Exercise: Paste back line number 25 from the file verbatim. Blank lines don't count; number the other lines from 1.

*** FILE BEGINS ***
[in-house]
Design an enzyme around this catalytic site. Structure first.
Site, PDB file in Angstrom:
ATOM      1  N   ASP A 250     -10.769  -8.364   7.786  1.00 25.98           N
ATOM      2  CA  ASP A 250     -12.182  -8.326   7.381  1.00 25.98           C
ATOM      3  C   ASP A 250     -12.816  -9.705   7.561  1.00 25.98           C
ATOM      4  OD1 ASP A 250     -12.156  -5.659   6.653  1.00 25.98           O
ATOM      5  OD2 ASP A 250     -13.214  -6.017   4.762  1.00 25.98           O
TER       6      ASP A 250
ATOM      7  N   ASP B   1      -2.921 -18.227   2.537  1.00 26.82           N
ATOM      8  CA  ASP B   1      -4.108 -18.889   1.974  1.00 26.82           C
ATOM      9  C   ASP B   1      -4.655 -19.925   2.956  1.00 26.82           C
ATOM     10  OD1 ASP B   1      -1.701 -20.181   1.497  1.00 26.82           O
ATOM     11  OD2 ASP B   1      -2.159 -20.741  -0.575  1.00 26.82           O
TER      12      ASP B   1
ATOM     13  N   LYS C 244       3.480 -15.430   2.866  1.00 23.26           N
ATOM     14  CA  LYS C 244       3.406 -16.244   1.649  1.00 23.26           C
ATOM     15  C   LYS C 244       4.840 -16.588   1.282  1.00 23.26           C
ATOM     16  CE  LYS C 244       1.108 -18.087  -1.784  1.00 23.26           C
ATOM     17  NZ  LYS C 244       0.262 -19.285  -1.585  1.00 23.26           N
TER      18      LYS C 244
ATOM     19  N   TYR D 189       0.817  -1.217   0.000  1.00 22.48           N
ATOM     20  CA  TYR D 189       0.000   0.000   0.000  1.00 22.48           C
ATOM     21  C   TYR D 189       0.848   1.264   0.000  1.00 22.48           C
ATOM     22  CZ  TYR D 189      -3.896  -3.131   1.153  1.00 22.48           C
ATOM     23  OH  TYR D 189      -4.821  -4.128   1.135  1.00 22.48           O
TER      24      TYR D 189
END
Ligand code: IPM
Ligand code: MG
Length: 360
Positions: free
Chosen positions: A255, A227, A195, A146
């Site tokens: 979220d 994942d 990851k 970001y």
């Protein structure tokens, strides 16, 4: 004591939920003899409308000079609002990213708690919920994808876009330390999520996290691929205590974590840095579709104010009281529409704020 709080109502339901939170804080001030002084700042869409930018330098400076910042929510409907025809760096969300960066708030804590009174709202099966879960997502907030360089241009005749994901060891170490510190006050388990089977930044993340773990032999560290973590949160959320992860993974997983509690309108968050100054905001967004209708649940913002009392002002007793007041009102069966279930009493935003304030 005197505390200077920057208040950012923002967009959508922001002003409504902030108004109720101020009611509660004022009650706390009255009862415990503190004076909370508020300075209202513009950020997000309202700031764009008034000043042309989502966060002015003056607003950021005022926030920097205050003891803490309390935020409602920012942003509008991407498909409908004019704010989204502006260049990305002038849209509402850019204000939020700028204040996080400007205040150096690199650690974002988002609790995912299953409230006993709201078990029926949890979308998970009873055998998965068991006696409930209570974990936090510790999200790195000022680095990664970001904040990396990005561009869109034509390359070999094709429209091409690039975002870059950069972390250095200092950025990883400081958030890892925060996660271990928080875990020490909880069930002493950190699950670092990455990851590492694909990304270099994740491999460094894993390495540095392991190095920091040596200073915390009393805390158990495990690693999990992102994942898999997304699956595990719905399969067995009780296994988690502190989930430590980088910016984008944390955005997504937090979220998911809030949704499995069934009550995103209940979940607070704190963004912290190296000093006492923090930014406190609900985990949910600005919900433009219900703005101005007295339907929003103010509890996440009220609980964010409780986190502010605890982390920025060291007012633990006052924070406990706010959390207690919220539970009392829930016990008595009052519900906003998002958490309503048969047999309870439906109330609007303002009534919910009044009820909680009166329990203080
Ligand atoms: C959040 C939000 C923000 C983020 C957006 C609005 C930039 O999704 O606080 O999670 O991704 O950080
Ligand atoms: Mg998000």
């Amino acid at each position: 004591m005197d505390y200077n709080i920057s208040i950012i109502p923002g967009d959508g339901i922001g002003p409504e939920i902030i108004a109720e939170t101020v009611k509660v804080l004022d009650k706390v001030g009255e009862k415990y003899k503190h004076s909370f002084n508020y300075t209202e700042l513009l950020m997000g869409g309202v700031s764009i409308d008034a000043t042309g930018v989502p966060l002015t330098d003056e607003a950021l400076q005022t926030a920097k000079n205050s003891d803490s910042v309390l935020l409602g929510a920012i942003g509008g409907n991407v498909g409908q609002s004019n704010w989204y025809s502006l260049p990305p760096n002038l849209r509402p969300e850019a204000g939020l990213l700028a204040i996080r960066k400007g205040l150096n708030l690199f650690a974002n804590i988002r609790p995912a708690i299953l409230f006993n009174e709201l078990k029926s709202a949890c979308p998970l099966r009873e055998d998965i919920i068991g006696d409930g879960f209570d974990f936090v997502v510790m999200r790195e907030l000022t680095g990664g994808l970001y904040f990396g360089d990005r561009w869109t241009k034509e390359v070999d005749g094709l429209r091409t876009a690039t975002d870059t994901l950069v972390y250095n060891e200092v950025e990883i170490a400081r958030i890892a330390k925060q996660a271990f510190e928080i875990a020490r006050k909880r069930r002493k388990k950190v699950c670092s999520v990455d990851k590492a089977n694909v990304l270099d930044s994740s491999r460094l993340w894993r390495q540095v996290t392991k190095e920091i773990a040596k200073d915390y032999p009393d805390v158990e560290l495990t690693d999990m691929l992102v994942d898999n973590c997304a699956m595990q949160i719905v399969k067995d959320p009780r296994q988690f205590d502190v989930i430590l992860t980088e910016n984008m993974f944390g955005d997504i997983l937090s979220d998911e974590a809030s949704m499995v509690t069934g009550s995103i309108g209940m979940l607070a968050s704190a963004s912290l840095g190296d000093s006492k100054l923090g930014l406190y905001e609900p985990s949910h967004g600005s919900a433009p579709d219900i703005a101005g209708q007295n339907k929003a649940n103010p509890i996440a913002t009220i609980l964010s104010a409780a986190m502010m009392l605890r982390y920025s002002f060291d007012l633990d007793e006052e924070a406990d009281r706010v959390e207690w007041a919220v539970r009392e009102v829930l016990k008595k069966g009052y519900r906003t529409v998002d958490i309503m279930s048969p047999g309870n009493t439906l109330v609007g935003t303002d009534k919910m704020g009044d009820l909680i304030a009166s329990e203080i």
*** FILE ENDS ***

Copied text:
ATOM     22  CZ  TYR D 189      -3.896  -3.131   1.153  1.00 22.48           C